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Gambia’s Parliament Supports Recommendations To Keep Female Genital Mutilation Banned

Gambia's Flag.

Gambian lawmakers on Monday supported recommendations to keep the country’s ban on female genital mutilation (FGM).

On July 25, the lawmakers will make a final vote on whether to decriminalise FGM. If passed by the lawmakers, Gambia would be the first country to reverse an FGM ban.

After a serious debate in the parliament on Monday, the recommendations in the joint health and gender committee’s report was adopted. Thirty-five lawmakers voted in favour of the recommendations, 17 against, and two abstained.

The bill passed its second reading in March with only five (out of 53) lawmakers in the parliament opposing and one, abstaining.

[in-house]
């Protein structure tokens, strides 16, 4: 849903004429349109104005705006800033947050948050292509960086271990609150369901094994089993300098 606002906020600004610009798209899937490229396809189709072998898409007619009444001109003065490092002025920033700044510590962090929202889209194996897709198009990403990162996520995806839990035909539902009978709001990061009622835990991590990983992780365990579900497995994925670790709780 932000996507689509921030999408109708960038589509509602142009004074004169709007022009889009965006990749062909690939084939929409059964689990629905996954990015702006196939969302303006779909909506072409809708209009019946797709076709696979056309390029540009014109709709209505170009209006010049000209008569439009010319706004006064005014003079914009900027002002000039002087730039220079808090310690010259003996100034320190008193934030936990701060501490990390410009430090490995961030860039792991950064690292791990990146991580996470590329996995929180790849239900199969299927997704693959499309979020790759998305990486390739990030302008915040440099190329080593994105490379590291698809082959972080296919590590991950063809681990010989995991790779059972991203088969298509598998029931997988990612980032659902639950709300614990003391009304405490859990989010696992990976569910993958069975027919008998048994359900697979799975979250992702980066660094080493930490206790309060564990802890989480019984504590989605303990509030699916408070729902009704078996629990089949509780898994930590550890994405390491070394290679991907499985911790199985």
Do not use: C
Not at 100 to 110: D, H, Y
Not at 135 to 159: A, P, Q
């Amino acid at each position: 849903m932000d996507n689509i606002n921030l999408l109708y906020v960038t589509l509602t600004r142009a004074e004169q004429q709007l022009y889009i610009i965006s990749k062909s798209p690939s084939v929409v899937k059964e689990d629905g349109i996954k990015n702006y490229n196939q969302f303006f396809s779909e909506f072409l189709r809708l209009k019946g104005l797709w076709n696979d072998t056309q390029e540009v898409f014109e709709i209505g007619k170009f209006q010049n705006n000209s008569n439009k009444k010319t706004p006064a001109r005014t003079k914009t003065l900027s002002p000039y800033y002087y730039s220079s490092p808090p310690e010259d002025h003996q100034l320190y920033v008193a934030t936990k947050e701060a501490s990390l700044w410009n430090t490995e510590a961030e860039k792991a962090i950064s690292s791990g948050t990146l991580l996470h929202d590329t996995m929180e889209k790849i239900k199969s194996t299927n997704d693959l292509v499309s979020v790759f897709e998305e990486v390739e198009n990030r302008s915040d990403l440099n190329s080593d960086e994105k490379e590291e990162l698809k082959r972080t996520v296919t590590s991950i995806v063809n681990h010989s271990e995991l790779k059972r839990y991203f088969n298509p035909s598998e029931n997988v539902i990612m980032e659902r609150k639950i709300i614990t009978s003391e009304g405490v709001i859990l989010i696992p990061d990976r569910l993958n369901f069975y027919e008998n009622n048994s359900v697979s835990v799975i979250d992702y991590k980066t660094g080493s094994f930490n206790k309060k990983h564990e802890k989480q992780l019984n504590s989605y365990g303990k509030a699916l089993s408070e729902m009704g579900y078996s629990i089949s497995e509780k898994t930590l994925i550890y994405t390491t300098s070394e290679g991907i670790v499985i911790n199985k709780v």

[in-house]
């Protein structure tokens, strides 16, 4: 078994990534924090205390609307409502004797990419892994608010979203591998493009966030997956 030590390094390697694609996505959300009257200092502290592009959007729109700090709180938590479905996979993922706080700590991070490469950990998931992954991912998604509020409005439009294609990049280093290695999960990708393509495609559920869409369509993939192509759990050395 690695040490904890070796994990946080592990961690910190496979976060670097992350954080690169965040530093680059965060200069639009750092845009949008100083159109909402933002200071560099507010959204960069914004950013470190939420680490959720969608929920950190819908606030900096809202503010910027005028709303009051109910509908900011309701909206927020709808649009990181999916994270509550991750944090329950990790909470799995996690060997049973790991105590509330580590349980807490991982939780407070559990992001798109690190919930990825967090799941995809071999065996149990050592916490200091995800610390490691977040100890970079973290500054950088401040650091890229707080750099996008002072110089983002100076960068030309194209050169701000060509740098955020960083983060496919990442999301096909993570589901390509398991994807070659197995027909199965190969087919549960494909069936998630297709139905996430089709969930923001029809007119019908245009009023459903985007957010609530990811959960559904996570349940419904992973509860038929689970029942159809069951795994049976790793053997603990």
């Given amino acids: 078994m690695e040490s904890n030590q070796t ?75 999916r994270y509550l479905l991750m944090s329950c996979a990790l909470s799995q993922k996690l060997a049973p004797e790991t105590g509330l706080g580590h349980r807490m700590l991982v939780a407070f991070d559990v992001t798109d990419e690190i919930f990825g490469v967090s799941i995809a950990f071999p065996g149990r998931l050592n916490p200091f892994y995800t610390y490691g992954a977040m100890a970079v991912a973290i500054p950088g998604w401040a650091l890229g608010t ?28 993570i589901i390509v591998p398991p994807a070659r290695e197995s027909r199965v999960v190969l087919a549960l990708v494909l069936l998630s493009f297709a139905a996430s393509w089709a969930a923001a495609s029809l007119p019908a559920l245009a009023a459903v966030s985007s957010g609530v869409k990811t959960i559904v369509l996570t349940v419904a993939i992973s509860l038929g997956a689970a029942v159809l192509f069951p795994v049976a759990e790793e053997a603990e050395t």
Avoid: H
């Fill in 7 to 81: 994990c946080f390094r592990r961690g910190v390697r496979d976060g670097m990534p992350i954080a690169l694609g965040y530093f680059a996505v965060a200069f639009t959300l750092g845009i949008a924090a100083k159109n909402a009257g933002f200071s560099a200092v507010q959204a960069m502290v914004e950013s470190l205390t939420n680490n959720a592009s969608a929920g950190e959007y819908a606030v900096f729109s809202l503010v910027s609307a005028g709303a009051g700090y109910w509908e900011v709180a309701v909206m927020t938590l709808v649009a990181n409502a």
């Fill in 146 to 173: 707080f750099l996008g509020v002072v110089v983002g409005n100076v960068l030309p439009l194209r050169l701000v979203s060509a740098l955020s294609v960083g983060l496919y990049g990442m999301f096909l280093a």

Following the second reading, the joint committee held a national consultation with various stakeholders, including religious and traditional leaders, doctors, victims, civil society groups, and circumcisers. The committee’s report described FGM as a “traumatic form of torture” and “discrimination against women.”

FGM has been illegal in Gambia since 2015, but the practice is still common in the West African country. August last year, the first convictions under the ban led to a backlash against the law.

The first FGM convictions involved three women found guilty of cutting eight infant girls. The conviction sparked anger among the public. As a result, independent lawmaker, Almaneh Gibba, proposed to annul the FGM ban bill in March.

Gibba and his supporters, including influential religious leaders, argued that the ban violates Gambian’s rights to practice their culture and religion in the predominantly Muslim country.

According to the World Health Organisation, female circumcision is internationally considered a violation of the human rights of girls and women.

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